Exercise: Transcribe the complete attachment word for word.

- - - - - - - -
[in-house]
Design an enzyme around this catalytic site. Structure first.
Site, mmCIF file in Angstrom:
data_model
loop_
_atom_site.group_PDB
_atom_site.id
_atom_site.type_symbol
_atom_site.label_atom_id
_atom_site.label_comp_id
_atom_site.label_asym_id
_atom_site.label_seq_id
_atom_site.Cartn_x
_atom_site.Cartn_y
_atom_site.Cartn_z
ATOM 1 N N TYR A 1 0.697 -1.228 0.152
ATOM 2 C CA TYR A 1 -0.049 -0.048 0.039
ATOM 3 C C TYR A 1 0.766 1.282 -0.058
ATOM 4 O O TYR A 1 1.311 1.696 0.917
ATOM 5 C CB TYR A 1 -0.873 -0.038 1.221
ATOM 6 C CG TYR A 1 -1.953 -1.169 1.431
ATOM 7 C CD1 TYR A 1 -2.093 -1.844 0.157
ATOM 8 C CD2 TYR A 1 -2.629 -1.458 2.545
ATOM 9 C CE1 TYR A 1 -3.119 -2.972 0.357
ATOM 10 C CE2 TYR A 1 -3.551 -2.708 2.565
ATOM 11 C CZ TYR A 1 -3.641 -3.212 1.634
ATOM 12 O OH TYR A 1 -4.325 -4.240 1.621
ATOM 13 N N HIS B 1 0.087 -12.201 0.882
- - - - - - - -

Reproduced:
[in-house]
Design an enzyme around this catalytic site. Structure first.
Site, mmCIF file in Angstrom:
data_model
loop_
_atom_site.group_PDB
_atom_site.id
_atom_site.type_symbol
_atom_site.label_atom_id
_atom_site.label_comp_id
_atom_site.label_asym_id
_atom_site.label_seq_id
_atom_site.Cartn_x
_atom_site.Cartn_y
_atom_site.Cartn_z
ATOM 1 N N TYR A 1 0.697 -1.228 0.152
ATOM 2 C CA TYR A 1 -0.049 -0.048 0.039
ATOM 3 C C TYR A 1 0.766 1.282 -0.058
ATOM 4 O O TYR A 1 1.311 1.696 0.917
ATOM 5 C CB TYR A 1 -0.873 -0.038 1.221
ATOM 6 C CG TYR A 1 -1.953 -1.169 1.431
ATOM 7 C CD1 TYR A 1 -2.093 -1.844 0.157
ATOM 8 C CD2 TYR A 1 -2.629 -1.458 2.545
ATOM 9 C CE1 TYR A 1 -3.119 -2.972 0.357
ATOM 10 C CE2 TYR A 1 -3.551 -2.708 2.565
ATOM 11 C CZ TYR A 1 -3.641 -3.212 1.634
ATOM 12 O OH TYR A 1 -4.325 -4.240 1.621
ATOM 13 N N HIS B 1 0.087 -12.201 0.882